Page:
The photo included in this article was taken in Spartanburg, South Carolina on January 25 by Project Paww Spartanburg, according to this Facebook thread. Project Paww is dedicated to providing Spartanburg dogs with hay in an effort to provide warmth during freezing temperatures and cutting winds.
Has Spartanburg County Animal Control turned their back on these dogs? It wouldn't be a big surprise to learn this, as animal control services throughout upstate South Carolina have been under close scrutiny due to the high number of abuse cases that are left unresolved until it's too late.
According to comments posted on Facebook, SCAC is aware of this situation, which is occurring in the Saxon Mill area. Can anyone verify that AC knows, yet has done nothing to help? Or do they still need to be contacted?
Something needs to be done soon, as the dogs pictured here are living in horrible conditions. There's plenty of evidence showing owner violation of several Spartanburg County Ordinance's. These ordinances can be viewed in PDF form here, and include
Sec 6-2 defines Humane Manner- Care of animal to refers to adequate heat, ventilation, sanitary shelter, wholesome food and water specific to the animal size, species and breed. Food provided must provide nourishment, meaning the animal should grown and not have the appearance of being starved, as we are finding these animals time and time again this year.
Sec. 6-4 states that any person who violates any of these provisions is guilty of a misdemeanor and upon conviction should be fined up to $500 plus court costs and/or 30 days in jail
Sec. 6-8 states that any dog or cat over four months of age within Spartanburg County must be vaccinated against rabies, and the tag must be displayed upon a collar at all times.
Sec. 6-12 Ill treatment/cruelty of animals states: Whoever abuses, cruelly treats, tortures, deprives of necessary sustenance of shelter, inflicts unnecessary pain or suffering, overworks, overloads or overdrives any animal or causes the same to be done, shall, for every offense, be guilty of a misdemeanor and, upon conviction, be punished in accordance with Section 6-4 of this chapter.
Sec. 6-12 simply restates that animal owners and caretakers who fail to provide their animals with proper food, water are in violation of Spartanburg County Ordinance. It is also a violation to fail to provide such care as proper confinement, veterinary care and healthful environment. Animals left outside must have adequate shelter. The code is very clear on this issue. The shelter should be small enough to allow the animal to warm the interior with its body heat, but large enough to stand, turn and lie down in.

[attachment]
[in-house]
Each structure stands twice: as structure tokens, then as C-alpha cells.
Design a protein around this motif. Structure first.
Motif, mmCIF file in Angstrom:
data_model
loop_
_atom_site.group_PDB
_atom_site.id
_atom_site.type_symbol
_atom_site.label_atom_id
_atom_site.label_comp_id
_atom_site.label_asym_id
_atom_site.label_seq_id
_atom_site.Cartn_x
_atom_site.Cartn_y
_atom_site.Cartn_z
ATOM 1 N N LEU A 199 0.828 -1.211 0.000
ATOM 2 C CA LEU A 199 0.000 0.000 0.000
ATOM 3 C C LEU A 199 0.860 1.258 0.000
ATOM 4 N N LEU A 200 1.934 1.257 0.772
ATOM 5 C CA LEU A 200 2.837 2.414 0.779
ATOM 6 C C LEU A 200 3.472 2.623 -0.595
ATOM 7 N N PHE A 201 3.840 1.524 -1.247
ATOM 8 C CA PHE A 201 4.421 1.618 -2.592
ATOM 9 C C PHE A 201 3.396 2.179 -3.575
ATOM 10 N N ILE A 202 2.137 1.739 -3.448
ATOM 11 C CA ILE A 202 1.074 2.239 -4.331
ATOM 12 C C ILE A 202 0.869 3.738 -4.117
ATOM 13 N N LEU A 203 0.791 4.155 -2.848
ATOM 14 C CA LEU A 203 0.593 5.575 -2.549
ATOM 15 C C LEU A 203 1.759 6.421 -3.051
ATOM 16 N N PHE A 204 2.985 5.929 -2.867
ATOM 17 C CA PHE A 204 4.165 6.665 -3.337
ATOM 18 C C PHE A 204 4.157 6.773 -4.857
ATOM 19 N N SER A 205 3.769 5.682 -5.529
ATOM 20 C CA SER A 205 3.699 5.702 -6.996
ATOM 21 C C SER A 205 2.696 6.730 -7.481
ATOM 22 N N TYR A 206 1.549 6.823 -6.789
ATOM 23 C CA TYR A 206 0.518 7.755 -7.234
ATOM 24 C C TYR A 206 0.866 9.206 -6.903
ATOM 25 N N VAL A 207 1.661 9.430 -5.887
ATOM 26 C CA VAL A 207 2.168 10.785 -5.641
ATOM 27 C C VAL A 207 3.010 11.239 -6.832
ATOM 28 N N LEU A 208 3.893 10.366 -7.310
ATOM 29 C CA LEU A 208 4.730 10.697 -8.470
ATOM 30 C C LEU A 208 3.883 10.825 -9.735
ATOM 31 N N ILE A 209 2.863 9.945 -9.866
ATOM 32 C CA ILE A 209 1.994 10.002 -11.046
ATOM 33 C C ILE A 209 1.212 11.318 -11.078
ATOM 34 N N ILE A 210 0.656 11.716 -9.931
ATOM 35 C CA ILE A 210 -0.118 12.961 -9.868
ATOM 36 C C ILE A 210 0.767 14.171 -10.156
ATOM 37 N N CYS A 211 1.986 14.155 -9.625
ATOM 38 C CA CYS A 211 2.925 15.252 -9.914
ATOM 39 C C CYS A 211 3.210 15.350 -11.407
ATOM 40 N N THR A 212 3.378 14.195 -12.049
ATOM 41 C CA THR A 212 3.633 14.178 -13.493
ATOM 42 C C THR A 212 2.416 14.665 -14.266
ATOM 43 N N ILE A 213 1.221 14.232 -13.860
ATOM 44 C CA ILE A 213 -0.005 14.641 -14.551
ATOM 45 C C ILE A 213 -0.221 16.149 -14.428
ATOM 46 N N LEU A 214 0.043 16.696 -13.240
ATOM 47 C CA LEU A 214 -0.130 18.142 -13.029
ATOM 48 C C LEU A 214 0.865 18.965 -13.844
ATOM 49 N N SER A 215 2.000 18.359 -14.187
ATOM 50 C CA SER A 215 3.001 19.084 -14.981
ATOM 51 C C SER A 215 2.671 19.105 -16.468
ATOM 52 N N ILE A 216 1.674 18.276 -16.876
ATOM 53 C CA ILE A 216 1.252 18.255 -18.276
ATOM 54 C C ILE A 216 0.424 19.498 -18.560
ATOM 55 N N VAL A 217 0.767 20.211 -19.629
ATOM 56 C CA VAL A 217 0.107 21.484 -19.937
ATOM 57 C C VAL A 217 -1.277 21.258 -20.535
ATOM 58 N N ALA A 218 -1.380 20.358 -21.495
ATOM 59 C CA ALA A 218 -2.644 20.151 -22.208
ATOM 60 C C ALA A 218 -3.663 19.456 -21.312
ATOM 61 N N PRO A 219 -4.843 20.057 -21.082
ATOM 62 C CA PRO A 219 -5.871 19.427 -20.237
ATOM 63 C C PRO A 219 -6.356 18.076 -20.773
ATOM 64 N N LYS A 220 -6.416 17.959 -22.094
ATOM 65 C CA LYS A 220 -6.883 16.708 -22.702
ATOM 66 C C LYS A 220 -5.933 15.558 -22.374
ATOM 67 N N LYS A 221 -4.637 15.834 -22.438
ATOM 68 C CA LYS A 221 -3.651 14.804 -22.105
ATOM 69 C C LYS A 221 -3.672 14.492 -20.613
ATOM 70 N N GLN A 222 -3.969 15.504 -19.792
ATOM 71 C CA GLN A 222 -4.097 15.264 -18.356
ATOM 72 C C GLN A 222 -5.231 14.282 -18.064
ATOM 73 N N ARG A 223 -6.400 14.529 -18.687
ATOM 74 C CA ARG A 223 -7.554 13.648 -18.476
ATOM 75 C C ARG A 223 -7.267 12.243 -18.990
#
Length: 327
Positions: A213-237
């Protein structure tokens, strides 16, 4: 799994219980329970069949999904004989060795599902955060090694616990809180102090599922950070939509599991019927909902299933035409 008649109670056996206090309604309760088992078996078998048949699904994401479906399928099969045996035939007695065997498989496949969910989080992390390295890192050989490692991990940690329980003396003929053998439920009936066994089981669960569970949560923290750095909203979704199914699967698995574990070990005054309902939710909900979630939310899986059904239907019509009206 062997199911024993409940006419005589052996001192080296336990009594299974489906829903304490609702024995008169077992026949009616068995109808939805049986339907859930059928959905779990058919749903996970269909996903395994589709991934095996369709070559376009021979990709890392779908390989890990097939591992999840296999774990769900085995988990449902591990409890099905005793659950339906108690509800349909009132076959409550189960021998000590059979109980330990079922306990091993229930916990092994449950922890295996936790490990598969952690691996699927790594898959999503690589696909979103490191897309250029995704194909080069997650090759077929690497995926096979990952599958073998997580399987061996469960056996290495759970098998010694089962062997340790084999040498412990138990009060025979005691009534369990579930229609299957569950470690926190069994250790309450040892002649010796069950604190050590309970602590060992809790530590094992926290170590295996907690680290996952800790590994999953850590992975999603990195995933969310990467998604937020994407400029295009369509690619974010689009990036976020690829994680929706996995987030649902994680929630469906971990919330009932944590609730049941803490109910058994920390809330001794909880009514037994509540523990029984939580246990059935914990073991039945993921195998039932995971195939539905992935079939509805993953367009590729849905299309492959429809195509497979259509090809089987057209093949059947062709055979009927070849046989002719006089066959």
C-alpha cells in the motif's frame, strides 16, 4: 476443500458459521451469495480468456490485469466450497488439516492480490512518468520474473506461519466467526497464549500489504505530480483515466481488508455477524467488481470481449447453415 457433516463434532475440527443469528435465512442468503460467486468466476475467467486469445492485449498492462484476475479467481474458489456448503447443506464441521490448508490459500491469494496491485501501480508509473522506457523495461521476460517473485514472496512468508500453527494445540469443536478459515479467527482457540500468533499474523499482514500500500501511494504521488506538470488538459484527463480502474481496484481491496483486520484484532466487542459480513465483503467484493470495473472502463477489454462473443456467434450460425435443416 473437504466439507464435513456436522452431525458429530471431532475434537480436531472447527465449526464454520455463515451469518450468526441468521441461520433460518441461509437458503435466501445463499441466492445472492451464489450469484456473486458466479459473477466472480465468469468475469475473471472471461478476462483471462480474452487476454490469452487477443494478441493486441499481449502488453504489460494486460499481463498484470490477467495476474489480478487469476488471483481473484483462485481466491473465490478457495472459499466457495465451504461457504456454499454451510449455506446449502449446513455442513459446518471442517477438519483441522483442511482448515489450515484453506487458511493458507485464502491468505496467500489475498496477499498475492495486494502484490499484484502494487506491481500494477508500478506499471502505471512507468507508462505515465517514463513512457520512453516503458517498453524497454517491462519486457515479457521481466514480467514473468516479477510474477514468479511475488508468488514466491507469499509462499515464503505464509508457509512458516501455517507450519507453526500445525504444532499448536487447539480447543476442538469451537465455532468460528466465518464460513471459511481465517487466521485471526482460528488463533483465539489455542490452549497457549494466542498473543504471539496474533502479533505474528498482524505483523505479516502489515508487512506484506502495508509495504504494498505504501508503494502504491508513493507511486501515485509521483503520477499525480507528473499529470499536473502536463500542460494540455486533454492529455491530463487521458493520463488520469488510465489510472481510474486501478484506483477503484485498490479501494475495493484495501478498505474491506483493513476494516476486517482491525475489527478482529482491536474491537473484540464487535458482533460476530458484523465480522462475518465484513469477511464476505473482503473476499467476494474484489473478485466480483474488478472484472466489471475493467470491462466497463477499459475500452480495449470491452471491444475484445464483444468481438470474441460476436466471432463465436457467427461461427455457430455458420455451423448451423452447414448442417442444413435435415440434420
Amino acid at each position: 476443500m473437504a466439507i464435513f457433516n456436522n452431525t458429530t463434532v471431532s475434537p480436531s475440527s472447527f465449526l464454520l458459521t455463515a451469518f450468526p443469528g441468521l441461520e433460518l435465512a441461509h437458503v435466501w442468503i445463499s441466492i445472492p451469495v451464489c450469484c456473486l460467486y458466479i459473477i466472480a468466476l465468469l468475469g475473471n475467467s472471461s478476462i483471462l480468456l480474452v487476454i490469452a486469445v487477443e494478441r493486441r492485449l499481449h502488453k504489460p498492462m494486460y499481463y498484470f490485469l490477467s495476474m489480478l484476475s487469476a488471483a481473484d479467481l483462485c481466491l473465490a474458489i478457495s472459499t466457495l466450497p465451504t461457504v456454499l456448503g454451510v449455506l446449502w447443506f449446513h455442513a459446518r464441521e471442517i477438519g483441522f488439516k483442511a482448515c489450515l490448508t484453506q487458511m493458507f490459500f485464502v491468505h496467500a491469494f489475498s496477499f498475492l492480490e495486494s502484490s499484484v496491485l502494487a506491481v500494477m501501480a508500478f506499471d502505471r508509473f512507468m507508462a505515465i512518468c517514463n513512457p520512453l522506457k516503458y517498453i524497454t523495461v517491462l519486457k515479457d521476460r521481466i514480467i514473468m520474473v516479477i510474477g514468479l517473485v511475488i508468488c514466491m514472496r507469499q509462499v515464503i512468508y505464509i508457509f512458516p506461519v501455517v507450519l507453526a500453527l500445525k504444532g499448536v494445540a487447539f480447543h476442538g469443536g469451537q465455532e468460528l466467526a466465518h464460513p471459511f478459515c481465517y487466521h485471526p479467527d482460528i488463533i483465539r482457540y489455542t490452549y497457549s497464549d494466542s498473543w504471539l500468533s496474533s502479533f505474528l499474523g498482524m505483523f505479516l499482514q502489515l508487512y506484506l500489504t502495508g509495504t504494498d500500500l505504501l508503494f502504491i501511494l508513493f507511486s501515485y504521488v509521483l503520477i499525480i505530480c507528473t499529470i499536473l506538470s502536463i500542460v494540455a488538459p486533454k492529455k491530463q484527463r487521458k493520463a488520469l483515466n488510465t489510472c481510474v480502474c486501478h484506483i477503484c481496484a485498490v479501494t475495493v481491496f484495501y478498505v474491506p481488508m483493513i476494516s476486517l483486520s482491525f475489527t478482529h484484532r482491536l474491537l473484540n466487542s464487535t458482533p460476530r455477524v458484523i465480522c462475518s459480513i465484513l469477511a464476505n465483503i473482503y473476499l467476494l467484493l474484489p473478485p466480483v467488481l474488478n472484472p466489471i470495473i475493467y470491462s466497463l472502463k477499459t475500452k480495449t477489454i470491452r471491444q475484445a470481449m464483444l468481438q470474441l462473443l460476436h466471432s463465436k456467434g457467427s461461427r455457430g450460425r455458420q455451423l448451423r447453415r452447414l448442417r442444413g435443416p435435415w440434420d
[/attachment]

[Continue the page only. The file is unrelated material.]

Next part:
Veterinary care must be provided for animals who show symptoms of illness. These symptoms include vomiting, diarrhea, emanciation(this means the appearance of being starved, animal control, since it appears you don't have the intelligence to grasp this term on your own), loss of appetite, discharge from the eyes or nose. An animal exhibiting an injury must also be treated by a licensed veterinarian.
An attorney has been consulted on this case, and has stated
"given the existence of time-stamped photographs and corroborating witness statements, there is ample evidence to show ordinance violations and the appropriate governing agency has an obligation to pursue formal charges against the individual holding ownership of the dog in question. The assistance of the rescue group to improve the dog's immediate living conditions should have no bearing on whether or not the charges should be filed."
Actions taken by others to improve the health or living conditions of these dogs should have no bearing on whether the dogs owners should be charged with animal cruelty, which is usually referred to as ill treatment of animal under South Carolina law. Listed below is the person to contact and express your feelings, and to force Animal Control to get these dogs to safety.
Office of Environmental Enforcement
298 Broadcast Dr.
Spartanburg, SC 29303
8:00 - 4:30
Monday - Friday
James Nelson II
(864) 596-3582 (Phone)
(864) 596-3007 (Fax)
If this were an elderly person or a child in our community, someone would be facing charges. Why do our companion animals get the rough end of the deal, with animal advocates having to do the job that should be enforced by government agencies?
We have another Arctic front approaching upstate South Carolina later in the week. Will anything be done to get these dogs into a loving and safe environment before more bad weather hits? Or will we eventually read a "casualty report" on these dogs, should they be left to freeze to death while animal control looks for a way to NOT perform the job they've been hired to do.
Why is it that animal advocates are forced to consult an attorney about what should be common knowledge.Take care of your pets, or face charges.
If Spartanburg County Animal Control knows of this situation, then aren't they promoting the problem if they refuse to press charges against the owner?
Please share this article, especially with those in the Spartanburg County area. Unfortunately, we are the voice of these animals, since no one else seems to care.